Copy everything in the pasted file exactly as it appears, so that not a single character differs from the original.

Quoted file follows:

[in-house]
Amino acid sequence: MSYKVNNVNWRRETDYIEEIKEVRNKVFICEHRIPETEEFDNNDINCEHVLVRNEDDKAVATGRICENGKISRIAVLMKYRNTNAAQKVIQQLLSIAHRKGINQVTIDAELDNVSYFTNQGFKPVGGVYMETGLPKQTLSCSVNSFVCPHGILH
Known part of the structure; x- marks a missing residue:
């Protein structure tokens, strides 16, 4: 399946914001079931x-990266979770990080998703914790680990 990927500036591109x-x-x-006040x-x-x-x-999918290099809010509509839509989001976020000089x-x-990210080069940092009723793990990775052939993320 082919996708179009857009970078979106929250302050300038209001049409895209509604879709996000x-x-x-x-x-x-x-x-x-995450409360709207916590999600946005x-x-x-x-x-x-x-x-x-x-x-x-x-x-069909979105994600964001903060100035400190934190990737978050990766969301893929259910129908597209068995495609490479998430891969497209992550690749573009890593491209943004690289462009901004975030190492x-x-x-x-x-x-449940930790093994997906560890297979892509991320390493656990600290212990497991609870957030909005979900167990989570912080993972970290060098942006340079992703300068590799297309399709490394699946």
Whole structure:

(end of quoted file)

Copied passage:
[in-house]
Amino acid sequence: MSYKVNNVNWRRETDYIEEIKEVRNKVFICEHRIPETEEFDNNDINCEHVLVRNEDDKAVATGRICENGKISRIAVLMKYRNTNAAQKVIQQLLSIAHRKGINQVTIDAELDNVSYFTNQGFKPVGGVYMETGLPKQTLSCSVNSFVCPHGILH
Known part of the structure; x- marks a missing residue:
């Protein structure tokens, strides 16, 4: 399946914001079931x-990266979770990080998703914790680990 990927500036591109x-x-x-006040x-x-x-x-999918290099809010509509839509989001976020000089x-x-990210080069940092009723793990990775052939993320 082919996708179009857009970078979106929250302050300038209001049409895209509604879709996000x-x-x-x-x-x-x-x-x-995450409360709207916590999600946005x-x-x-x-x-x-x-x-x-x-x-x-x-x-069909979105994600964001903060100035400190934190990737978050990766969301893929259910129908597209068995495609490479998430891969497209992550690749573009890593491209943004690289462009901004975030190492x-x-x-x-x-x-449940930790093994997906560890297979892509991320390493656990600290212990497991609870957030909005979900167990989570912080993972970290060098942006340079992703300068590799297309399709490394699946």
Whole structure: